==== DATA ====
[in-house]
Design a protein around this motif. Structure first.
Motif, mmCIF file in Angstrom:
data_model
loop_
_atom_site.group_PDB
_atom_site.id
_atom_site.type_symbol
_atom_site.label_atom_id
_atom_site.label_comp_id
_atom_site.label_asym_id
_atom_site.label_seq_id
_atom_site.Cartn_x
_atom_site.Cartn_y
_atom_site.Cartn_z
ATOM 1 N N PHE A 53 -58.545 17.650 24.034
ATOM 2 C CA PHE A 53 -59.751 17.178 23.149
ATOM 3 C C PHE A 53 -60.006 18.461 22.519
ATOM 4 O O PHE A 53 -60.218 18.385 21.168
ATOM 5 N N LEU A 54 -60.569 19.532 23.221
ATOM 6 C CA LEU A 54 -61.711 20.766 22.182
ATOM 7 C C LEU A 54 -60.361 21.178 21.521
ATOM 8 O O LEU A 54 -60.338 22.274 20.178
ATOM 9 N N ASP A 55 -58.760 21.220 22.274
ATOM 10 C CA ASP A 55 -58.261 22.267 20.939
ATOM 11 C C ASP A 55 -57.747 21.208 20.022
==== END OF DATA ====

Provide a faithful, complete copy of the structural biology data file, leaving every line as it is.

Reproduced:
[in-house]
Design a protein around this motif. Structure first.
Motif, mmCIF file in Angstrom:
data_model
loop_
_atom_site.group_PDB
_atom_site.id
_atom_site.type_symbol
_atom_site.label_atom_id
_atom_site.label_comp_id
_atom_site.label_asym_id
_atom_site.label_seq_id
_atom_site.Cartn_x
_atom_site.Cartn_y
_atom_site.Cartn_z
ATOM 1 N N PHE A 53 -58.545 17.650 24.034
ATOM 2 C CA PHE A 53 -59.751 17.178 23.149
ATOM 3 C C PHE A 53 -60.006 18.461 22.519
ATOM 4 O O PHE A 53 -60.218 18.385 21.168
ATOM 5 N N LEU A 54 -60.569 19.532 23.221
ATOM 6 C CA LEU A 54 -61.711 20.766 22.182
ATOM 7 C C LEU A 54 -60.361 21.178 21.521
ATOM 8 O O LEU A 54 -60.338 22.274 20.178
ATOM 9 N N ASP A 55 -58.760 21.220 22.274
ATOM 10 C CA ASP A 55 -58.261 22.267 20.939
ATOM 11 C C ASP A 55 -57.747 21.208 20.022